Bill Diefenbach

Specialist

"My interest in all aspects of architecture—from design to technology to engineering to management—provides the balance that most clients are looking for."

Bill's successful architecture career began at age 17, with a summer job at SmithGroupJJR's predecessor, Smith, Hinchman and Grylls. Bill's expertise has grown right along with the firm. He served as the design principal for many of our most highly regarded, high-technology projects, including the Lawrence Berkeley National Laboratory Molecular Foundry. He deftly distills a wide range of input and can identify a common ground that serves all facets of a project. "I think my interest in all aspects of architecture—from design to technology to engineering to management—provides the balance that most clients are looking for," he suggests. "With our commitment to holistic architecture, it's probably why I am well-suited to SmithGroupJJR, too." He's also well-suited to Northern California, where he revels in the beauty of the hilly backroads of Sonoma County from the driver's seat of his 1978 Porsche 911 Targa.

Specialty
Design Leader, Research Facilities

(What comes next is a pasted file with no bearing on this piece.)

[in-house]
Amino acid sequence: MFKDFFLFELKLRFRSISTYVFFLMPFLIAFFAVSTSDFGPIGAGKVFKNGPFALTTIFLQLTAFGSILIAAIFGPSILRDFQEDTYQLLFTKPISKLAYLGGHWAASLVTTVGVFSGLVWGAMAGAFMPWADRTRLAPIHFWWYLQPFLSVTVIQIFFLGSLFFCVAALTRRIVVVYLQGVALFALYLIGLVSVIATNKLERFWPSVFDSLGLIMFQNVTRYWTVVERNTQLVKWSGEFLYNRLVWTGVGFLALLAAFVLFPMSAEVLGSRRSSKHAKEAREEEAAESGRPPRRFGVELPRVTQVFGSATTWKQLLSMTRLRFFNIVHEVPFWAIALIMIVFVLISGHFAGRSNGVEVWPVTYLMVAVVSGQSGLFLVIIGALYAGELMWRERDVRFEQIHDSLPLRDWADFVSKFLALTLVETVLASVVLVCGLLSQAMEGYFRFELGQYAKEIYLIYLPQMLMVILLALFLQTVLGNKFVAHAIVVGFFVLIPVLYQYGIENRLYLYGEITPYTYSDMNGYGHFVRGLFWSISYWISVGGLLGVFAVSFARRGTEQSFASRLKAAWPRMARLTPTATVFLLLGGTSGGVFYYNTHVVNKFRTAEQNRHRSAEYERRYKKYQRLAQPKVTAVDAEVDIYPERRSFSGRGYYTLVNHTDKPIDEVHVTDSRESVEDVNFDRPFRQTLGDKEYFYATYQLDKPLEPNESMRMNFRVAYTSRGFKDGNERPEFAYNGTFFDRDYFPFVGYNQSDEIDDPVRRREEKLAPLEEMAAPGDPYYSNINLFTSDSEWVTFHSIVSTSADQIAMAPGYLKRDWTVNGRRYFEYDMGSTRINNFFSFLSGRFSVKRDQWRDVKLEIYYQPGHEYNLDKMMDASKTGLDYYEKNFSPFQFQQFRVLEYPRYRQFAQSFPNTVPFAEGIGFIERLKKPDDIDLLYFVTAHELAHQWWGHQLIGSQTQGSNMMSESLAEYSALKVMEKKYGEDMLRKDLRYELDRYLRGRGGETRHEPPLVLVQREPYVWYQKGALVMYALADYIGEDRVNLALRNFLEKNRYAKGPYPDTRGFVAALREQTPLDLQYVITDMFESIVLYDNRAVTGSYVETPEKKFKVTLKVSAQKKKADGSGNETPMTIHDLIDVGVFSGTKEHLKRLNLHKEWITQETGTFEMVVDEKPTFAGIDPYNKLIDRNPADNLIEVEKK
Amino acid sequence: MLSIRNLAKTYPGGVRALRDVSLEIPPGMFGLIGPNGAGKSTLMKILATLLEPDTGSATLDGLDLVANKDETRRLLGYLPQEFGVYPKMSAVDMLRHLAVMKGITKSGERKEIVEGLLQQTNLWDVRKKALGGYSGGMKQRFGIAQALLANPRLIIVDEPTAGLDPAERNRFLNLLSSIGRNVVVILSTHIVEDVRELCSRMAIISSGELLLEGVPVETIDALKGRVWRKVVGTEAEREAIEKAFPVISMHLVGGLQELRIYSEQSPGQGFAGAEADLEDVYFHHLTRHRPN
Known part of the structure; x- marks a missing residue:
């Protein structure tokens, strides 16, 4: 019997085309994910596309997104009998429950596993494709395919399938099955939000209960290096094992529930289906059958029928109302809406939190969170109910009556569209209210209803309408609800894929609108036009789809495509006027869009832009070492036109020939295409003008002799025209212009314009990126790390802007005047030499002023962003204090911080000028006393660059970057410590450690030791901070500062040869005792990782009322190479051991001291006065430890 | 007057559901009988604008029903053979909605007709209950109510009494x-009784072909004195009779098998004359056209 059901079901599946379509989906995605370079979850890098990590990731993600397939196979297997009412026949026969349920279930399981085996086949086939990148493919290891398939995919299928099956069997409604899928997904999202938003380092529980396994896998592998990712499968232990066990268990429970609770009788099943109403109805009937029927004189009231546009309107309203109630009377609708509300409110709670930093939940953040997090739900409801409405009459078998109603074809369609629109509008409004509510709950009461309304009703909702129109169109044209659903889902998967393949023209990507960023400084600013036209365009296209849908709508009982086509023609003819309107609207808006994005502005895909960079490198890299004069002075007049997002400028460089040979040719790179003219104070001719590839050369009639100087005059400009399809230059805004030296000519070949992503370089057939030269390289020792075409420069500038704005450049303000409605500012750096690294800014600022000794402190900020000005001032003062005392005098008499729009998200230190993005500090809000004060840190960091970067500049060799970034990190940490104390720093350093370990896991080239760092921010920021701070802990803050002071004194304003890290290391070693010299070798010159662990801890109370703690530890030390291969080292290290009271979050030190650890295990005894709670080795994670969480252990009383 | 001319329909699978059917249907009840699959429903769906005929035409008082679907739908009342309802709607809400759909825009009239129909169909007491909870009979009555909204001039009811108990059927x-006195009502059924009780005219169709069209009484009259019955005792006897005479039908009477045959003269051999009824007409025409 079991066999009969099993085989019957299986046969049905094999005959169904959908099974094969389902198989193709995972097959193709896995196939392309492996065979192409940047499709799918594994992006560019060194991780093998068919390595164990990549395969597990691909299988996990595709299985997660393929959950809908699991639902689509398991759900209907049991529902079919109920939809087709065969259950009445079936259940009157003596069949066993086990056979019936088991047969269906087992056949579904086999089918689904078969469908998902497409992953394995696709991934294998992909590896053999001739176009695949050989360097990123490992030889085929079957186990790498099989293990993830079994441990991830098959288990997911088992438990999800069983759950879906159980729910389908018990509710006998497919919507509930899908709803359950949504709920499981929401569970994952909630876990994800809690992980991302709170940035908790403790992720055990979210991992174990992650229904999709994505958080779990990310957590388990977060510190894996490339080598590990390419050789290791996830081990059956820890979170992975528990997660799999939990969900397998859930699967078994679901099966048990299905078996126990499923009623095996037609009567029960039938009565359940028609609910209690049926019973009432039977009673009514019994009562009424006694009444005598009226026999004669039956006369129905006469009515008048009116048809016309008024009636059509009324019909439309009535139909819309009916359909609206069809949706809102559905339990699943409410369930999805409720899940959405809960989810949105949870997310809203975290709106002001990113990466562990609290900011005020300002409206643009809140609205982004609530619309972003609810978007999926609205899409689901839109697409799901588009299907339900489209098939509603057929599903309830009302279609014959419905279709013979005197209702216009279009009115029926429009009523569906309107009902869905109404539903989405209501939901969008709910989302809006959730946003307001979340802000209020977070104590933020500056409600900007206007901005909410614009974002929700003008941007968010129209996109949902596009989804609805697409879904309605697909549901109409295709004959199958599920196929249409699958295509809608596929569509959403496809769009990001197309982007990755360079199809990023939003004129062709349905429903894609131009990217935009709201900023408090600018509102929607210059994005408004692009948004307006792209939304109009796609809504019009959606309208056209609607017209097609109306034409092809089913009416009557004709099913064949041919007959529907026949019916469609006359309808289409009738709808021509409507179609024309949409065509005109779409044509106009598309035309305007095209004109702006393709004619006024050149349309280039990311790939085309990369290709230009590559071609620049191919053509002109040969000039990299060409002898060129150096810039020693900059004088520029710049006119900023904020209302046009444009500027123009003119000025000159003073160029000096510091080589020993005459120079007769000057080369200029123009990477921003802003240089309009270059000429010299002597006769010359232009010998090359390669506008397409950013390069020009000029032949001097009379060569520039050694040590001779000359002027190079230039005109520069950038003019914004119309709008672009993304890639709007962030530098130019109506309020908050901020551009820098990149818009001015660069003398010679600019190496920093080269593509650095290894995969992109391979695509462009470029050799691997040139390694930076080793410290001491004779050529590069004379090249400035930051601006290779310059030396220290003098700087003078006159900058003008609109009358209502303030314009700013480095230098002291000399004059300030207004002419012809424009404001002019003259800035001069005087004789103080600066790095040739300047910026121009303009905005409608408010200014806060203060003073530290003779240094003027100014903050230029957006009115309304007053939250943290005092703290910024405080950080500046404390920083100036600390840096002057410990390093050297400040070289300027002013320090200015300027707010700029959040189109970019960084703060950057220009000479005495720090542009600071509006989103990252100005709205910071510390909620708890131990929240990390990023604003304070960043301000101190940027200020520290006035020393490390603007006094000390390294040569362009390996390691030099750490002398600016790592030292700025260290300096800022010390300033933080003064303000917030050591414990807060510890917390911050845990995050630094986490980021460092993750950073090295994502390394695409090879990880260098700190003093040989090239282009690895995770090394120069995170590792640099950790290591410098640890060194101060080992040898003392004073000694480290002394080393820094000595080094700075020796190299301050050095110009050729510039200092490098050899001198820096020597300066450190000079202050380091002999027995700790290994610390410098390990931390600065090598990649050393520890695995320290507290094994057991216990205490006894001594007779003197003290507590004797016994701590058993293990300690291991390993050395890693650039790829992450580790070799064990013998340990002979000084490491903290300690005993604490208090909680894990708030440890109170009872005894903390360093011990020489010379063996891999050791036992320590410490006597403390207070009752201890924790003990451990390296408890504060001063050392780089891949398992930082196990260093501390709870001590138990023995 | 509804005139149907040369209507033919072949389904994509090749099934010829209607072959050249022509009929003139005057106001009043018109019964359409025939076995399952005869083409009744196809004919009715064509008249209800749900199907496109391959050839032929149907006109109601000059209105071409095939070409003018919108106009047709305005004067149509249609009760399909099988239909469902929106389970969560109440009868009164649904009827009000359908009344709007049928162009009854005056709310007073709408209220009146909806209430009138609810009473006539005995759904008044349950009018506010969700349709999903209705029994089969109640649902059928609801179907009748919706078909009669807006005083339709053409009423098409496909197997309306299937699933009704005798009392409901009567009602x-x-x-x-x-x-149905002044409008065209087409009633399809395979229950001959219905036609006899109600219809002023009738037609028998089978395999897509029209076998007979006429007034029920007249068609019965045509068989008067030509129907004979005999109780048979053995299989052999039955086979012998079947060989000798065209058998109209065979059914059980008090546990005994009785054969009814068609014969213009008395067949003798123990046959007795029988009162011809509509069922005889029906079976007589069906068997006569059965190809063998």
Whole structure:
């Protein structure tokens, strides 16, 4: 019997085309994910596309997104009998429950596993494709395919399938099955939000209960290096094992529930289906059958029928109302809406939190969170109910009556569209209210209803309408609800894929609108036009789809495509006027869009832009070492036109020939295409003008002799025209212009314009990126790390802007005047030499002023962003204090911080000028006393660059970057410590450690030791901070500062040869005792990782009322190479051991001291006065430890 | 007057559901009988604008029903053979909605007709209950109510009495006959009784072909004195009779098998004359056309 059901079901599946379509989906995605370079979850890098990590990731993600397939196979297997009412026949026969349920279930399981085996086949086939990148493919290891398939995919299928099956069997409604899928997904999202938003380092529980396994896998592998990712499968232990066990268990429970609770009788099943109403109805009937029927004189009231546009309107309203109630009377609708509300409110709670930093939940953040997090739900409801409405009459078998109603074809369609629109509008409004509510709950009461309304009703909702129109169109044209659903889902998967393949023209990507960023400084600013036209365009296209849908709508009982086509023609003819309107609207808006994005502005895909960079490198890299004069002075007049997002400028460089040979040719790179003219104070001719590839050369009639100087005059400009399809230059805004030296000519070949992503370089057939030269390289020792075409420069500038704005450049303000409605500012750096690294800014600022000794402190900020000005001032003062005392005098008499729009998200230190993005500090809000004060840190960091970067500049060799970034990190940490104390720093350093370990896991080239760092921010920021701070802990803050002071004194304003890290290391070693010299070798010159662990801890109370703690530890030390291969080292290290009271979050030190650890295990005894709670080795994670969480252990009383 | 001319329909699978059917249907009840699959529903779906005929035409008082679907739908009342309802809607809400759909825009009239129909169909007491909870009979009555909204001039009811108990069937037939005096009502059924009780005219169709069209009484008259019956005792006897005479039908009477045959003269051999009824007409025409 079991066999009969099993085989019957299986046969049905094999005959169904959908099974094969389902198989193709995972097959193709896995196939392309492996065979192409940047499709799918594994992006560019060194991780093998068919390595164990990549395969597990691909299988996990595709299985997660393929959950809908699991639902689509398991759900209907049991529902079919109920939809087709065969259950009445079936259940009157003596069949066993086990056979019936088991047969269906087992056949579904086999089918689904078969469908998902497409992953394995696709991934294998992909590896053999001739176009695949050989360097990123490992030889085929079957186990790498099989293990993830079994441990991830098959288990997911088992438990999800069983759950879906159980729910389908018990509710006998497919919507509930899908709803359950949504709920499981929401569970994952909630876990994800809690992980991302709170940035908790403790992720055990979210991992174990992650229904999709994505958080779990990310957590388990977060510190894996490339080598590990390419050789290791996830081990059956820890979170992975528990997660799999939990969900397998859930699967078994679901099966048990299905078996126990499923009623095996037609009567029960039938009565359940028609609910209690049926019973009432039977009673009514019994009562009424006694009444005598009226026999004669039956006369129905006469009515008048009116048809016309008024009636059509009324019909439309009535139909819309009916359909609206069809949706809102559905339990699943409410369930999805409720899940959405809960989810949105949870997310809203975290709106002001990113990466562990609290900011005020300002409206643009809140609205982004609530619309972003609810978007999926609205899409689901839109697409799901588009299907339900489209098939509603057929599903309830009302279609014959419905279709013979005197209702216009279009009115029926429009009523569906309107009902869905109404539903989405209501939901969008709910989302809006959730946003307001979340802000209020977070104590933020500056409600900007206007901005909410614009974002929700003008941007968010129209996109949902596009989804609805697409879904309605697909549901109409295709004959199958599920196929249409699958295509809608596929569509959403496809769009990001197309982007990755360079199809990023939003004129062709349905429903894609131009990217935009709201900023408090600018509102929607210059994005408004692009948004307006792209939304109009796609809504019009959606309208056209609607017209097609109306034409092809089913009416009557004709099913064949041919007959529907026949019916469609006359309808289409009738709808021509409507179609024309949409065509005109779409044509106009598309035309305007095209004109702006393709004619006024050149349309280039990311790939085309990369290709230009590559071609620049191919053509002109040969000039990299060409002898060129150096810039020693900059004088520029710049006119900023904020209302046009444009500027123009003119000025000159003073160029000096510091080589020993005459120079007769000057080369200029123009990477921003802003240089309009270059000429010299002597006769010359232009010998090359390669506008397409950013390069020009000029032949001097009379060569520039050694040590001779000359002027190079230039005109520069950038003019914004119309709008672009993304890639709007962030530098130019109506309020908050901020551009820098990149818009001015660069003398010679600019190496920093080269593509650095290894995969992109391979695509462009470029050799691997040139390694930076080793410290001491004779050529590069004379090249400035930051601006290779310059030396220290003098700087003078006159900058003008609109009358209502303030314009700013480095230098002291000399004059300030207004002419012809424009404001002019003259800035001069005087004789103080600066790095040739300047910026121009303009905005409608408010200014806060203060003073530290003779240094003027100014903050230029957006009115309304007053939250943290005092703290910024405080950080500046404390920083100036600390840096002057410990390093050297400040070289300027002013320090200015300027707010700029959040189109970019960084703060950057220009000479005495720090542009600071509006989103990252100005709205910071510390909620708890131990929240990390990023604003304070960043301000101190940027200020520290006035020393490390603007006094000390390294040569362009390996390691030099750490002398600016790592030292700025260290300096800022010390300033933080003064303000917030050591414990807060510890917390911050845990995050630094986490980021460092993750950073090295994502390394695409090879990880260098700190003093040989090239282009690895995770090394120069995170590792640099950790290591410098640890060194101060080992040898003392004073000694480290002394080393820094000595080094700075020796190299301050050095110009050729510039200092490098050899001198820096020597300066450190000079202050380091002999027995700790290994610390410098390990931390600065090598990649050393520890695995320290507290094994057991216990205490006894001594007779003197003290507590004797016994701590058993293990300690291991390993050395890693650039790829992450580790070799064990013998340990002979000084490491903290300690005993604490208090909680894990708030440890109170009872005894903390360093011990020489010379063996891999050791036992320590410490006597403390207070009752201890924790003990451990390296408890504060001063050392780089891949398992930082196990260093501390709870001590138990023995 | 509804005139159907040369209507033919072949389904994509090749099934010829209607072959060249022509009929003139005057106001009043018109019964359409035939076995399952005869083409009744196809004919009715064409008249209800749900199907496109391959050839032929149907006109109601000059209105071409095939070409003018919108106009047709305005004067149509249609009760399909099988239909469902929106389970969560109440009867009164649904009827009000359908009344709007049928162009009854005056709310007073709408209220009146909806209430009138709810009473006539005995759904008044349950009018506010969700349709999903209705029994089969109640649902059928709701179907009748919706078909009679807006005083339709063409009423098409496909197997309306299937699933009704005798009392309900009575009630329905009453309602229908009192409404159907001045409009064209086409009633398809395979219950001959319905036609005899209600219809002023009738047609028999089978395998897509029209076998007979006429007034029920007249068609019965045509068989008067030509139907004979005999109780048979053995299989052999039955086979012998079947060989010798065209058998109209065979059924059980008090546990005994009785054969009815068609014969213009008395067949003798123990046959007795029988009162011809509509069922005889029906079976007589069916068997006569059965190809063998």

Recognition
American Institute of Architects, College of Fellows (2007)

Professional Credentials
American Institute of Architects, Fellow (FAIA), LEED Accredited Professional, Building Design + Construction (LEED AP BD+C)

Contact
E Bill.Diefenbach@smithgroupjjr.com
P 415.365.3454
LinkedIn profile



Community Involvement

Bill has been responsible for all of the maintenance, renovation, and seismic upgrade of his church, St. Luke’s, for the past 30 years. Following the 1989 Loma Prieta earthquake, the church was damaged and yellow tagged. Bill developed the first of many upgrades to improve the seismic resistance of the church by tying the outer aisle unreinforced masonry walls to the primary structural steel of the nave walls with 24 steel rods, each measuring two inches in diameter and 10 feet long. Subsequent projects have included design improvements to add structural steel to the organ loft—which houses over 2000 organ pipes within a tower structure—addition of a new slate roof with copper flashing and gutters, and more.